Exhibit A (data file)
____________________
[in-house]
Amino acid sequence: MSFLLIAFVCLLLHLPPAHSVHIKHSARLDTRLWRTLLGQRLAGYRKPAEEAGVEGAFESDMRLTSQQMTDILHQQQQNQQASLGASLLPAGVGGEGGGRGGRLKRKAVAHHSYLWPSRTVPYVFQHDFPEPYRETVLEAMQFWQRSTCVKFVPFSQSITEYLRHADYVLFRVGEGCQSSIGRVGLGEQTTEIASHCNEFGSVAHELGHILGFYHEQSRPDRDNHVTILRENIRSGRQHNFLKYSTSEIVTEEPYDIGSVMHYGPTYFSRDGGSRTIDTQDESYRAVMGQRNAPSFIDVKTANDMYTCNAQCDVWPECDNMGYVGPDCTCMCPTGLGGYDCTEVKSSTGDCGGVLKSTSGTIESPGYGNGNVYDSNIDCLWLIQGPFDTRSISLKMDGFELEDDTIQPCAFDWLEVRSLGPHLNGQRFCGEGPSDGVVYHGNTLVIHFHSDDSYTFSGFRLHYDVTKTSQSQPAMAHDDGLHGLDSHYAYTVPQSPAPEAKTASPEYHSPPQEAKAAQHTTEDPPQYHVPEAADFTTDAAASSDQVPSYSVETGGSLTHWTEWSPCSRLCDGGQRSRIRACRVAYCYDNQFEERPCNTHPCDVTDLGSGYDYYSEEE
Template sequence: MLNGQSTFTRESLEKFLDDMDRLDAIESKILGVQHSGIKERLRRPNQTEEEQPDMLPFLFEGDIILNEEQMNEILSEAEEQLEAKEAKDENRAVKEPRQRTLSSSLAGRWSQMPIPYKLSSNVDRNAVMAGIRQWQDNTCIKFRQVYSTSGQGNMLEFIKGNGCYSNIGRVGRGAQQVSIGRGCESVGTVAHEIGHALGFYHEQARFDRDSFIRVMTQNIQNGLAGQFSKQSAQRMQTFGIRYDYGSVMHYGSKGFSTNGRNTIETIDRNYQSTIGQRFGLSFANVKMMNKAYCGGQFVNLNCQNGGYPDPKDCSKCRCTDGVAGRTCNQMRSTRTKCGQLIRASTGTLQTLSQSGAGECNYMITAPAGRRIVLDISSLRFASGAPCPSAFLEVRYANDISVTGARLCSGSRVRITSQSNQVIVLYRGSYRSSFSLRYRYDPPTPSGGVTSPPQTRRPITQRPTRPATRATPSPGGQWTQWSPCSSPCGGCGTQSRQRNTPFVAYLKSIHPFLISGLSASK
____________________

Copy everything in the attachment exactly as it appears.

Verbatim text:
[in-house]
Amino acid sequence: MSFLLIAFVCLLLHLPPAHSVHIKHSARLDTRLWRTLLGQRLAGYRKPAEEAGVEGAFESDMRLTSQQMTDILHQQQQNQQASLGASLLPAGVGGEGGGRGGRLKRKAVAHHSYLWPSRTVPYVFQHDFPEPYRETVLEAMQFWQRSTCVKFVPFSQSITEYLRHADYVLFRVGEGCQSSIGRVGLGEQTTEIASHCNEFGSVAHELGHILGFYHEQSRPDRDNHVTILRENIRSGRQHNFLKYSTSEIVTEEPYDIGSVMHYGPTYFSRDGGSRTIDTQDESYRAVMGQRNAPSFIDVKTANDMYTCNAQCDVWPECDNMGYVGPDCTCMCPTGLGGYDCTEVKSSTGDCGGVLKSTSGTIESPGYGNGNVYDSNIDCLWLIQGPFDTRSISLKMDGFELEDDTIQPCAFDWLEVRSLGPHLNGQRFCGEGPSDGVVYHGNTLVIHFHSDDSYTFSGFRLHYDVTKTSQSQPAMAHDDGLHGLDSHYAYTVPQSPAPEAKTASPEYHSPPQEAKAAQHTTEDPPQYHVPEAADFTTDAAASSDQVPSYSVETGGSLTHWTEWSPCSRLCDGGQRSRIRACRVAYCYDNQFEERPCNTHPCDVTDLGSGYDYYSEEE
Template sequence: MLNGQSTFTRESLEKFLDDMDRLDAIESKILGVQHSGIKERLRRPNQTEEEQPDMLPFLFEGDIILNEEQMNEILSEAEEQLEAKEAKDENRAVKEPRQRTLSSSLAGRWSQMPIPYKLSSNVDRNAVMAGIRQWQDNTCIKFRQVYSTSGQGNMLEFIKGNGCYSNIGRVGRGAQQVSIGRGCESVGTVAHEIGHALGFYHEQARFDRDSFIRVMTQNIQNGLAGQFSKQSAQRMQTFGIRYDYGSVMHYGSKGFSTNGRNTIETIDRNYQSTIGQRFGLSFANVKMMNKAYCGGQFVNLNCQNGGYPDPKDCSKCRCTDGVAGRTCNQMRSTRTKCGQLIRASTGTLQTLSQSGAGECNYMITAPAGRRIVLDISSLRFASGAPCPSAFLEVRYANDISVTGARLCSGSRVRITSQSNQVIVLYRGSYRSSFSLRYRYDPPTPSGGVTSPPQTRRPITQRPTRPATRATPSPGGQWTQWSPCSSPCGGCGTQSRQRNTPFVAYLKSIHPFLISGLSASK